Photographers deal in things that are constantly vanishing and when they have vanished no contrivance on earth can make them come back again–Henri Cartier Bresson.
My niece and her tech husband live in Minnesota; they created a private blog to communicate with select friends and family when she became pregnant with her first child. It made it easier to post their thoughts, pictures and updates to the important people in their life scattered across several states. They have continued this practice for years including the birth of their second child. The other niece and her husband, less organized but equally engaged with friends and family across the United States, tend to send pictures with emails and texts. But these two sisters have one thing in common. They both regularly work with a professional photographer, recognizing that their cell phones and point and shoot camera images are not enough to satisfy their photo savvy audience.
So I was more than a little pleased to discover that other people have seen the error of their ways. A June 14th article in the New York Daily News has reported that families are “hiring professional photographers to document not just big events like weddings and bar mitzvahs, but everyday activities.” And these folks are sharing the photos on-line as well as through the more traditional medium of prints.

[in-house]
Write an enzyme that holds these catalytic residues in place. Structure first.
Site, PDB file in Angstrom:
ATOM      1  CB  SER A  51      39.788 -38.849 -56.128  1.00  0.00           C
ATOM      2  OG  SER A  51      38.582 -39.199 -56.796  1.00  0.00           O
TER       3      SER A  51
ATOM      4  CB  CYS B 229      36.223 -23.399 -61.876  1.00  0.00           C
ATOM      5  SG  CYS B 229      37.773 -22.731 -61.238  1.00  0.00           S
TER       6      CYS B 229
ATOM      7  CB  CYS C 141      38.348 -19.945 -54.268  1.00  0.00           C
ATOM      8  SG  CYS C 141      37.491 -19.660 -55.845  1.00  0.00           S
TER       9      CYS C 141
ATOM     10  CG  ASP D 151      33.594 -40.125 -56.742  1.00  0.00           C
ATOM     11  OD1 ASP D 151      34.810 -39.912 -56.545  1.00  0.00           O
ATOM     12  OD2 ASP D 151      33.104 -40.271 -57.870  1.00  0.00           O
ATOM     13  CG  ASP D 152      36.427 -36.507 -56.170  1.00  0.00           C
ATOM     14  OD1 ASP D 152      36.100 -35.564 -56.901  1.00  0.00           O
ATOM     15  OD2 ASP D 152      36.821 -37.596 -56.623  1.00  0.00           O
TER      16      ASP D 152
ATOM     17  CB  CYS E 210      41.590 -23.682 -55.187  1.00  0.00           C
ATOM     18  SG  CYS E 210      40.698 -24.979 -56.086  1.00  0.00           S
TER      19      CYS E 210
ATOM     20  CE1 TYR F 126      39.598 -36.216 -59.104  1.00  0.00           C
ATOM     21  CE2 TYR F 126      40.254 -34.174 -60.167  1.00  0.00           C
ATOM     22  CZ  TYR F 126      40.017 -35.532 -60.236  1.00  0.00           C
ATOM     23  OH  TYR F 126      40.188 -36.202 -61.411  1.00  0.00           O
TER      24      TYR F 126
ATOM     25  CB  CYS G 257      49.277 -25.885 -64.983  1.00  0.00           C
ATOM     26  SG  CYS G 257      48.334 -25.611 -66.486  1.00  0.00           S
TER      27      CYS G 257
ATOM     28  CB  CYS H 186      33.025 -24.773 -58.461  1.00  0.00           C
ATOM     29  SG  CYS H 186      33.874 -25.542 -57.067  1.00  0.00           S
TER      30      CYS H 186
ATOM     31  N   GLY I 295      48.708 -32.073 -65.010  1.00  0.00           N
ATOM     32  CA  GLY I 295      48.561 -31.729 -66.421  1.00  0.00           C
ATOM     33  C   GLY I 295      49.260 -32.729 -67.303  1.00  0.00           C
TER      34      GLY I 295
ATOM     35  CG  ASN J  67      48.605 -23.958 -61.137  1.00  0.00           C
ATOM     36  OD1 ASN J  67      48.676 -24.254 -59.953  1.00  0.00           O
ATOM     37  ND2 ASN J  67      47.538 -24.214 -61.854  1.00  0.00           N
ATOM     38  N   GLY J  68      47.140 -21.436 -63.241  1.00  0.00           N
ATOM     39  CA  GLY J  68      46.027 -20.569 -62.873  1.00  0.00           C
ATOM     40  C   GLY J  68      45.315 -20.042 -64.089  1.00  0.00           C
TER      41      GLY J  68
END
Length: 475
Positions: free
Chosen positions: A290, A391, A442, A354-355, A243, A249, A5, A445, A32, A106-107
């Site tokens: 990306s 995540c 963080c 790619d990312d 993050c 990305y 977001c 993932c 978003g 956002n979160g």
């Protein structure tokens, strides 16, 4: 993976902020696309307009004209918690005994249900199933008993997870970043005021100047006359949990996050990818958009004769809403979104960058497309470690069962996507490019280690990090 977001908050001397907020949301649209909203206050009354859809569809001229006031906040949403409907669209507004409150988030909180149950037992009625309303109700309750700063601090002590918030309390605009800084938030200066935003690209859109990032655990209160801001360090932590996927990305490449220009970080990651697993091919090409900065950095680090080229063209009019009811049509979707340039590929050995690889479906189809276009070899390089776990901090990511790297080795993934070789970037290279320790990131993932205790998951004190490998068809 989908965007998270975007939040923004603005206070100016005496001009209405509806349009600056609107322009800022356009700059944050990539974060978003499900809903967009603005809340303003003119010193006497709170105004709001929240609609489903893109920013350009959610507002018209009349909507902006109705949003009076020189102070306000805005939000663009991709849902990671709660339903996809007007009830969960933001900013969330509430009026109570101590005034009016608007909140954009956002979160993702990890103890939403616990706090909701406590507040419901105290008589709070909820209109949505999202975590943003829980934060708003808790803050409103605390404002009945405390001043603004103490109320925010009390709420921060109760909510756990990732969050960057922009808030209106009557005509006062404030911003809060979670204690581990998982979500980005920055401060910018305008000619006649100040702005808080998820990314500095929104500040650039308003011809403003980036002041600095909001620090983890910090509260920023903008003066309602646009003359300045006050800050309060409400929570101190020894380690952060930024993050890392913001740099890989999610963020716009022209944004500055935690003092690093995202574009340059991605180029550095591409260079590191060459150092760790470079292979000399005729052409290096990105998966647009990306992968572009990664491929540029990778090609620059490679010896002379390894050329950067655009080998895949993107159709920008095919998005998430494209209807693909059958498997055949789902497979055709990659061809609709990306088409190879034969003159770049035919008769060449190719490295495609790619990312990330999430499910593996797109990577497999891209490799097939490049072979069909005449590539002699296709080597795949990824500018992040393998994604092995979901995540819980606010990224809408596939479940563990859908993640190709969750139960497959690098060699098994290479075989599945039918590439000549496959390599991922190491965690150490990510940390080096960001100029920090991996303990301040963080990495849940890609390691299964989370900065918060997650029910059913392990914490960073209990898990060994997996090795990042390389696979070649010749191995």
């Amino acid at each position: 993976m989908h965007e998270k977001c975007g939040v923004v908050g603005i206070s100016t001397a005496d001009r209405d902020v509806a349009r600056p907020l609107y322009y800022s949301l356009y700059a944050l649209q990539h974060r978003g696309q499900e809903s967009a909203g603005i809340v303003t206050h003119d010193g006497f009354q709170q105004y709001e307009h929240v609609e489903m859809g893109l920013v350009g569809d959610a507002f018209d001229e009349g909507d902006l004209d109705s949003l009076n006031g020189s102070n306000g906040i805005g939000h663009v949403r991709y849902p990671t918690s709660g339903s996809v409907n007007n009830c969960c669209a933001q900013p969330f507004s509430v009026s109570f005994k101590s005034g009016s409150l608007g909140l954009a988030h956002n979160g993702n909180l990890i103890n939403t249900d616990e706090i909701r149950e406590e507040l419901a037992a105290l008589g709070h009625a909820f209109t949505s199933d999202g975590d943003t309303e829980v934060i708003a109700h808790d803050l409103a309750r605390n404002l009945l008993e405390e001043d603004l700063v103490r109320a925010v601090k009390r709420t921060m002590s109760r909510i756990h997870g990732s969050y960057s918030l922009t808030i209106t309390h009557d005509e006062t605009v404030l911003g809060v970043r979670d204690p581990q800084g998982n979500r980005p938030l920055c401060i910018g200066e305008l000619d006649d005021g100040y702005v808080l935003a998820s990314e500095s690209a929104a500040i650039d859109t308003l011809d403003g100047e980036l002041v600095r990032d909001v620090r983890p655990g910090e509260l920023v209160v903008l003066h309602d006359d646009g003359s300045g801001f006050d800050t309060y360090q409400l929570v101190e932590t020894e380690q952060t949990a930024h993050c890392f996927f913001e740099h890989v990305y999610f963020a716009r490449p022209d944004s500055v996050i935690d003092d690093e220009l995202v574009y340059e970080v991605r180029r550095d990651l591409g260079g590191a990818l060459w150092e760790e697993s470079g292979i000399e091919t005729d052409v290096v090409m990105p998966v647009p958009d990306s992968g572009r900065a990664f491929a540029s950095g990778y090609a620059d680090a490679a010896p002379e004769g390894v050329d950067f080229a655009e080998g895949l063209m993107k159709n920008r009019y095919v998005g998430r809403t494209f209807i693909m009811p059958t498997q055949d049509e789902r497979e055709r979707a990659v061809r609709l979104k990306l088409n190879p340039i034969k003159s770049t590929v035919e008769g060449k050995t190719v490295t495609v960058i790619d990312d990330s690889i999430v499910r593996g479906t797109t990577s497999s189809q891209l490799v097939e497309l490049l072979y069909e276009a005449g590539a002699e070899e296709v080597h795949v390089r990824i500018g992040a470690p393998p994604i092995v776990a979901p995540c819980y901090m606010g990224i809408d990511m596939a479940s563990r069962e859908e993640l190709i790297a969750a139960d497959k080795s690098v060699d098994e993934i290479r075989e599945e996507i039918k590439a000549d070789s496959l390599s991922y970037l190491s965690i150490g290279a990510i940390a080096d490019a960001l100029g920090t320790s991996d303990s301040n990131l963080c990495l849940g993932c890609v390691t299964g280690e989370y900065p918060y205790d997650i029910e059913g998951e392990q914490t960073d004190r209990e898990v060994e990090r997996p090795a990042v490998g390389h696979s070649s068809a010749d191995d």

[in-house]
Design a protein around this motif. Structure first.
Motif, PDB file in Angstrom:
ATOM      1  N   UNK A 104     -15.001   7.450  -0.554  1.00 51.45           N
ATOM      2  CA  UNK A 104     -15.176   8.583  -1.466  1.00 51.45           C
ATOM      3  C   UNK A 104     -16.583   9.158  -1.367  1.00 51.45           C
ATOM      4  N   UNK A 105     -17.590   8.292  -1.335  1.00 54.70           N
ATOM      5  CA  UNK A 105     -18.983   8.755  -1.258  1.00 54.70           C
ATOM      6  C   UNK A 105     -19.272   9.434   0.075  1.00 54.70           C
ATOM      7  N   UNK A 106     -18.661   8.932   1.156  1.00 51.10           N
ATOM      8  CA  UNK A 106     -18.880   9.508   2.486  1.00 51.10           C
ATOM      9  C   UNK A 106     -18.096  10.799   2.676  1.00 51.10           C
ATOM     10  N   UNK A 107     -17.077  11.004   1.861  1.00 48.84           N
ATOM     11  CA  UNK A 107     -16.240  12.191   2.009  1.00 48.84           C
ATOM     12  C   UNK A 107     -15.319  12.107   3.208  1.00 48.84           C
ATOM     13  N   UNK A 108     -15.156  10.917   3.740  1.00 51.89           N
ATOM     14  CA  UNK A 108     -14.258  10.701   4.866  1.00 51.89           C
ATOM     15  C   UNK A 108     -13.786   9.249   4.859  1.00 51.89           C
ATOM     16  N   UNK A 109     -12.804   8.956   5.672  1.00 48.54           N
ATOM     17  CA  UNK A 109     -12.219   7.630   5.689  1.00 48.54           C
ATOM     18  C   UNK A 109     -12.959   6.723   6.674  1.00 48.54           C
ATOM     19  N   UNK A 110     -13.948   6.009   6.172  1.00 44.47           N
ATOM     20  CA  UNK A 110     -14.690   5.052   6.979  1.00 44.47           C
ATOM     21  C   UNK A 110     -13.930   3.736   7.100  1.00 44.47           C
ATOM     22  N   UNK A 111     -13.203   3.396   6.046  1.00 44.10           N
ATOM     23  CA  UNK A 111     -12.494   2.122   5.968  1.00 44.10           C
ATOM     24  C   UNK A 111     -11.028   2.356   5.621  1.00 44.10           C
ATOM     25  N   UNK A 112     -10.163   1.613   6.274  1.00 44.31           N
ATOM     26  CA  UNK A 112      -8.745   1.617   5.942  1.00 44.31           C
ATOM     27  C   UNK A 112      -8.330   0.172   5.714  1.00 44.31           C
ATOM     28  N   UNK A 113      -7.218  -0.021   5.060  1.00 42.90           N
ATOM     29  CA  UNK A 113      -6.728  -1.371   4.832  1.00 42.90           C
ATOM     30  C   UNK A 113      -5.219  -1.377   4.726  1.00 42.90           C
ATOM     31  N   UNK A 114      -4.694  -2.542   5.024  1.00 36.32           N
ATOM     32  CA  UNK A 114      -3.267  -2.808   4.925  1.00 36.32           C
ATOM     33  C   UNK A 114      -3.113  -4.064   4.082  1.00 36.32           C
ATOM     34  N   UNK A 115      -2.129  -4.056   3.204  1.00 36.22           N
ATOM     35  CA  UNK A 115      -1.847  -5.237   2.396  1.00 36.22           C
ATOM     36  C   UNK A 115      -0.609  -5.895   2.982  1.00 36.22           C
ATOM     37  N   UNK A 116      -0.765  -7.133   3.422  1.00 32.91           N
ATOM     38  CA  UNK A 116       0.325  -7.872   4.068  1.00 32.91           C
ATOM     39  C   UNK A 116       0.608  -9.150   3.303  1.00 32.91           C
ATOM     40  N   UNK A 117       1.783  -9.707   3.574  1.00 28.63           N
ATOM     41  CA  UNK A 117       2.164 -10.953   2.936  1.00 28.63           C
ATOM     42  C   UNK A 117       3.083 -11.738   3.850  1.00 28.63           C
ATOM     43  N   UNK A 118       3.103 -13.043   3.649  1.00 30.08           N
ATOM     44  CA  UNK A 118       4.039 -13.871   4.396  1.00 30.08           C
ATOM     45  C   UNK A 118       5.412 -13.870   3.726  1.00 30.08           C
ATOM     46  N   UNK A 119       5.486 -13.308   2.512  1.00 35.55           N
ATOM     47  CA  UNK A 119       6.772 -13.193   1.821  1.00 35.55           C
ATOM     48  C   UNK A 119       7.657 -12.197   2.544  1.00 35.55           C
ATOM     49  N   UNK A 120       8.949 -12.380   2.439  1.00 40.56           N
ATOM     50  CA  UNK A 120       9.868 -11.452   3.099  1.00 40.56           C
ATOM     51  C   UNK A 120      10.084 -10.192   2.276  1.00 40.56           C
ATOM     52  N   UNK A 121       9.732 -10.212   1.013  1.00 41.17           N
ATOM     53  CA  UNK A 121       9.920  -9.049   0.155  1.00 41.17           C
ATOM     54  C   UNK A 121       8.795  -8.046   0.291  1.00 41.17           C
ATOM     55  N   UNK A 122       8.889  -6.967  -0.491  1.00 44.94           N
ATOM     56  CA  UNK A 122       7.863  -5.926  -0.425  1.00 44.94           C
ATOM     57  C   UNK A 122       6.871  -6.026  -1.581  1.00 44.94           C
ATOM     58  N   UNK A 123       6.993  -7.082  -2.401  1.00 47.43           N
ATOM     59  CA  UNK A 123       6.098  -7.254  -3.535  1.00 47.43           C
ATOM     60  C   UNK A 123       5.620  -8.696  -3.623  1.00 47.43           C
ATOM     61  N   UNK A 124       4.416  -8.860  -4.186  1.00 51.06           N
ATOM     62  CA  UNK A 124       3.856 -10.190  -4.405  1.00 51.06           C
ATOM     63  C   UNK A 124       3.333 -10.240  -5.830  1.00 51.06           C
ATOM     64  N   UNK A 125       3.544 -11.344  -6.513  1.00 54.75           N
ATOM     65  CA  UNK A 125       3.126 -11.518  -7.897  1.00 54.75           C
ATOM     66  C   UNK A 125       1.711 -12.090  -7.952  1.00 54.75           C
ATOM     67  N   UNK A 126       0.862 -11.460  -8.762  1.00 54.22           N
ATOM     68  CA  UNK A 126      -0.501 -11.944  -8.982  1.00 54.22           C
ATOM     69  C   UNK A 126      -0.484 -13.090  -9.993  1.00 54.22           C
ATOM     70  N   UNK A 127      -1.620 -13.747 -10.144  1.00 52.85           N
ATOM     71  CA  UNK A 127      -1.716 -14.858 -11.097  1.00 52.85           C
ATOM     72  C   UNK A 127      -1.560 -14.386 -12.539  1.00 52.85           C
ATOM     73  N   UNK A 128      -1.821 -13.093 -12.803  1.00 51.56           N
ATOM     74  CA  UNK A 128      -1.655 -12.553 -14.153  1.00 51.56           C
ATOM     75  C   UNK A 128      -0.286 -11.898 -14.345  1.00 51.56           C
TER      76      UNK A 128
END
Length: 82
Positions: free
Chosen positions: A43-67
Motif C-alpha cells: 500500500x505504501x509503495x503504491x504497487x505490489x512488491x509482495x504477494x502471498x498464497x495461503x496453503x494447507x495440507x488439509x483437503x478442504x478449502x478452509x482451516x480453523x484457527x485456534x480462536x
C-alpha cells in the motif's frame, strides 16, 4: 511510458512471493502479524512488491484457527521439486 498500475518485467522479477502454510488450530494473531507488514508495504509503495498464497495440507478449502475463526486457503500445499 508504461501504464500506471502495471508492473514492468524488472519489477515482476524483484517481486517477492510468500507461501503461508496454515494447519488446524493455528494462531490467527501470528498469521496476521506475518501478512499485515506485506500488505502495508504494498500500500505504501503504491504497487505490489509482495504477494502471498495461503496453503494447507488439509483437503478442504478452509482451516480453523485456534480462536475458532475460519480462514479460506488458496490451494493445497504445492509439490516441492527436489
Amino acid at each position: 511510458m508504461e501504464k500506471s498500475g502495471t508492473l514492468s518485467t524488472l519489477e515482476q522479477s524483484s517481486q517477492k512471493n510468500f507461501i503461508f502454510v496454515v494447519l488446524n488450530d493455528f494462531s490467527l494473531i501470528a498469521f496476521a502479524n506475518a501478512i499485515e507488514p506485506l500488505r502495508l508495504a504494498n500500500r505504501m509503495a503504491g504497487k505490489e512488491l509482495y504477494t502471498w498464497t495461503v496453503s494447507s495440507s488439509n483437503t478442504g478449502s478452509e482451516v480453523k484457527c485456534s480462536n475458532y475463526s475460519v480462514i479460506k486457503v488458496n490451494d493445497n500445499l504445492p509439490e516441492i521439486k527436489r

But the more interesting concept in the article was a question that many first year photojournalists also face; do these staged, and sometimes enhanced, photos present a realistic portrait of ordinary and “real” life? Catalina Toma, an associate professor of communication science at University of Wisconsin in Madison, weighed in on this, suggesting that people nowadays have more awareness of how they put themselves forth to the worldwide audience. She studies the psychological benefits that people receive from posting and sharing images on-line; people now engage in impression management as well as impression formation.
Clearly a professional photographer can play a role in creating a great impression. Photographers have an opportunity to assist people in capturing, displaying and sharing professional photos of authentic moments, letting the sitters play a significant role in choosing the location, establishing the situation and working as partners in order to give the photographers access to their real life. And the clients, including my nieces, seem to be pleased with the results as they recognize the talent and skills that a professional photographer brings to the scene. They also see the value in creating a legacy and timeline of their lives and not just the big events.
In an age of eroding fees and broader licenses, it is nice to know that the new generation acknowledges the value that a professional photographer brings to documenting their lives.
— L. ShoulterKarall/ASPP Midwest